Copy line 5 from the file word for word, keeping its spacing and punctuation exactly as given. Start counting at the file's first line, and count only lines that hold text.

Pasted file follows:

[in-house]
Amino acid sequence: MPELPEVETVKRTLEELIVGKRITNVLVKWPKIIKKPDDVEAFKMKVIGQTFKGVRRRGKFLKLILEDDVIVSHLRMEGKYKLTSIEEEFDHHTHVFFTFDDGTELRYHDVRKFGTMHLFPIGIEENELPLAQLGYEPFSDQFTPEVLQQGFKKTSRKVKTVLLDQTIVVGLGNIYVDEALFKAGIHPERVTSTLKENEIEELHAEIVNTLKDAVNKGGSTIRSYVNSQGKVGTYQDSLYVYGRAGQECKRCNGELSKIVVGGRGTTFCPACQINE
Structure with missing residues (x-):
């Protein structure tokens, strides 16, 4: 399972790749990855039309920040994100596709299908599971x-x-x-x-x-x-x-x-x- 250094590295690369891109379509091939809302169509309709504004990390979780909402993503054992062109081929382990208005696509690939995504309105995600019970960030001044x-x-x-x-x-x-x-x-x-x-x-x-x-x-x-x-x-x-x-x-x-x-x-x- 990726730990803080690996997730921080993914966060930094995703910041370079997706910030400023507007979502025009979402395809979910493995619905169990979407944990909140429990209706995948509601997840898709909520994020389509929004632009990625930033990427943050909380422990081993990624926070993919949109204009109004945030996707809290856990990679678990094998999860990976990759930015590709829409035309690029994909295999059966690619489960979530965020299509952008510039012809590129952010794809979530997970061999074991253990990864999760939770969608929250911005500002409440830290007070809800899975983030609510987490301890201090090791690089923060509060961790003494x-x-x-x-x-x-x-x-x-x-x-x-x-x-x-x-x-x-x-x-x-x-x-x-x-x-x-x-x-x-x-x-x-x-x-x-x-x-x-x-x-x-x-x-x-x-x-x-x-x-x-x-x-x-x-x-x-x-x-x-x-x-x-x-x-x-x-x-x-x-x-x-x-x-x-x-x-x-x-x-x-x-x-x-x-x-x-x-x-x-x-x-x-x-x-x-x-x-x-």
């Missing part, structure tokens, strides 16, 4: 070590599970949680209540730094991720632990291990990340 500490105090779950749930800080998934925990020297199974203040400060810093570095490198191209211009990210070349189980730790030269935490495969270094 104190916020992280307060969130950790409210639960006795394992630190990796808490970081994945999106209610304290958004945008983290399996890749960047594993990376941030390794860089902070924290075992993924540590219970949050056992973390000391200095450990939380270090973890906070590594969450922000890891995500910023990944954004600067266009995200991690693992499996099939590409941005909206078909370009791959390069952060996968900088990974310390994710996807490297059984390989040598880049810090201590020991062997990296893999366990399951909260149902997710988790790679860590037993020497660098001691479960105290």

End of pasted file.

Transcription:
């Missing part, structure tokens, strides 16, 4: 070590599970949680209540730094991720632990291990990340 500490105090779950749930800080998934925990020297199974203040400060810093570095490198191209211009990210070349189980730790030269935490495969270094 104190916020992280307060969130950790409210639960006795394992630190990796808490970081994945999106209610304290958004945008983290399996890749960047594993990376941030390794860089902070924290075992993924540590219970949050056992973390000391200095450990939380270090973890906070590594969450922000890891995500910023990944954004600067266009995200991690693992499996099939590409941005909206078909370009791959390069952060996968900088990974310390994710996807490297059984390989040598880049810090201590020991062997990296893999366990399951909260149902997710988790790679860590037993020497660098001691479960105290």